It became very clear it was the second item — the contract — that was the stickler.

Ray Connolly, co-owner of Eureka Sky on 17th Street, said there are many merchants who didn't want the second prong.

"These merchants are in support of APE investing $15 million," he said, referring to those who signed the CBD petition and APE's estimates of what it plans to spend renovating the theater. "Who is going to show up to renovate that theater?"

Terry Asten Bennett, a straight ally who co-owns Cliff's Variety on Castro Street, moved to strike the second prong and amend the first to say that APE should submit an economic impact report — APE claims to have already conducted one — to Mandelman's office, which will judge whether it is acceptable.

If it is not acceptable to him "they will enter into negotiations with Supervisor Mandelman," Bennett proposed.

The third item was left as stated.

Stephen Torres, a queer man who's the executive co-chair of the Castro LGBTQ Cultural District board (a major coalition backer), told the B.A.R. after the meeting that "we support the Castro Merchants Association as a member of the coalition for what they are asking for in this resolution."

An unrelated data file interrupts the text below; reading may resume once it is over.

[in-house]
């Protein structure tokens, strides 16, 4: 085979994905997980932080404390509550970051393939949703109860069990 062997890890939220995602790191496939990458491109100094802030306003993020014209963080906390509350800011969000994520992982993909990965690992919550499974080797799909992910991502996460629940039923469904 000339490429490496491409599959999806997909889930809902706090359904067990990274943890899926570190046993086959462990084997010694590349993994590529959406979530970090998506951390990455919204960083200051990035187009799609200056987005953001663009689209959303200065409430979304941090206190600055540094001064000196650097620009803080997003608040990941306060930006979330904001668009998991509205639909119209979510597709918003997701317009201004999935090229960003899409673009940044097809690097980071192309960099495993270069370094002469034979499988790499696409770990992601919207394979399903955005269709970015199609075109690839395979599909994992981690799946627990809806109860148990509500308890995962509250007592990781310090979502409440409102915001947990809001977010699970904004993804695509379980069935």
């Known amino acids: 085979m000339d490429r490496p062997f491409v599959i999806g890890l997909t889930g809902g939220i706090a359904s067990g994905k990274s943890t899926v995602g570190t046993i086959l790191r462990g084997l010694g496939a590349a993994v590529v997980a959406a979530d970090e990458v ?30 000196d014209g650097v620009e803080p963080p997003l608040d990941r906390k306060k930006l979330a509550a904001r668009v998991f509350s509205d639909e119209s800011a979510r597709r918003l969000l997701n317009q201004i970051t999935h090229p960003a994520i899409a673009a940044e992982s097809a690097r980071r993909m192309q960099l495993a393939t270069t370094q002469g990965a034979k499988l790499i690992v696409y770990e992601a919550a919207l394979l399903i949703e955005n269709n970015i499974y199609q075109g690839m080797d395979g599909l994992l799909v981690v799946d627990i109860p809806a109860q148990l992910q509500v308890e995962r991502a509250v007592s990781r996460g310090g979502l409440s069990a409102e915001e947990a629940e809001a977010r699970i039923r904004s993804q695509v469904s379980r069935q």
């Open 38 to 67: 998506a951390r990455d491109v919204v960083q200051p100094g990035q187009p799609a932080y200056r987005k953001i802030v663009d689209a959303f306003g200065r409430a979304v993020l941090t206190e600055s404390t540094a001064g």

When asked about the contract question, Torres demurred.

"This is their membership, from our perspective," he said, "we think a contract makes sense."

Torres told the B.A.R. that the district sent a letter April 4 to APE and the Nasser family (which owns the theater) asking for a meeting.

"We hope that you understand the gravity of this situation and the strong message which the supervisors have conveyed to you in support of our community and this legacy world heritage site," the letter states. "We strongly urge you to resume official engagement with the Castro LGBTQ Cultural District in substantive and binding ways."

Terry Beswick, a gay man on the merchants' board, told the B.A.R. after the initial online publication of this report that "we want the theater open and activated as soon and as much as possible."

"We're hopeful that the negotiations will lead to substantive community partnerships with film and LGBTQ programming on all those dark days," he said.

Updated, 4/6/23: This article has been updated with comments from the Castro CBD and Terry Beswick.

Updated, 4/11/23: This article has been updated with a comment from Supervisor Rafael Mandelman.